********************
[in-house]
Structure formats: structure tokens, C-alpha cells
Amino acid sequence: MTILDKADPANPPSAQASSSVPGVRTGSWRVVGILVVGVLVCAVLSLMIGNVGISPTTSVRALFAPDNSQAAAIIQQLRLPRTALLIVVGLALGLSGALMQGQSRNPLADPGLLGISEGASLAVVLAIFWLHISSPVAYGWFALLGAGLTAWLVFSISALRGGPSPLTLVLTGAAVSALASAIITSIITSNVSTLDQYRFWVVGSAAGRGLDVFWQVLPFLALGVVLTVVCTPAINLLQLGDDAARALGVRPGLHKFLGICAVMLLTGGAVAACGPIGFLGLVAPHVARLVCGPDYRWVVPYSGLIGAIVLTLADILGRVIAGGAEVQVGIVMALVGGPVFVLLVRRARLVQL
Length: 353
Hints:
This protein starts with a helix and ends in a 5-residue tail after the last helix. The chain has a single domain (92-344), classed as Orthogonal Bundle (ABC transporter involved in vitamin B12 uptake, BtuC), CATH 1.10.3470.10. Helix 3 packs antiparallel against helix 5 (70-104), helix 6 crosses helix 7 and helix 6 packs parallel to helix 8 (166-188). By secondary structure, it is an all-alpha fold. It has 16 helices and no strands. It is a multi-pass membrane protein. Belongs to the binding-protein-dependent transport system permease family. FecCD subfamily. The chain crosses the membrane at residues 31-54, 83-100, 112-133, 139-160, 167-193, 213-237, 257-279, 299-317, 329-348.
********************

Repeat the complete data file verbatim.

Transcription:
[in-house]
Structure formats: structure tokens, C-alpha cells
Amino acid sequence: MTILDKADPANPPSAQASSSVPGVRTGSWRVVGILVVGVLVCAVLSLMIGNVGISPTTSVRALFAPDNSQAAAIIQQLRLPRTALLIVVGLALGLSGALMQGQSRNPLADPGLLGISEGASLAVVLAIFWLHISSPVAYGWFALLGAGLTAWLVFSISALRGGPSPLTLVLTGAAVSALASAIITSIITSNVSTLDQYRFWVVGSAAGRGLDVFWQVLPFLALGVVLTVVCTPAINLLQLGDDAARALGVRPGLHKFLGICAVMLLTGGAVAACGPIGFLGLVAPHVARLVCGPDYRWVVPYSGLIGAIVLTLADILGRVIAGGAEVQVGIVMALVGGPVFVLLVRRARLVQL
Length: 353
Hints:
This protein starts with a helix and ends in a 5-residue tail after the last helix. The chain has a single domain (92-344), classed as Orthogonal Bundle (ABC transporter involved in vitamin B12 uptake, BtuC), CATH 1.10.3470.10. Helix 3 packs antiparallel against helix 5 (70-104), helix 6 crosses helix 7 and helix 6 packs parallel to helix 8 (166-188). By secondary structure, it is an all-alpha fold. It has 16 helices and no strands. It is a multi-pass membrane protein. Belongs to the binding-protein-dependent transport system permease family. FecCD subfamily. The chain crosses the membrane at residues 31-54, 83-100, 112-133, 139-160, 167-193, 213-237, 257-279, 299-317, 329-348.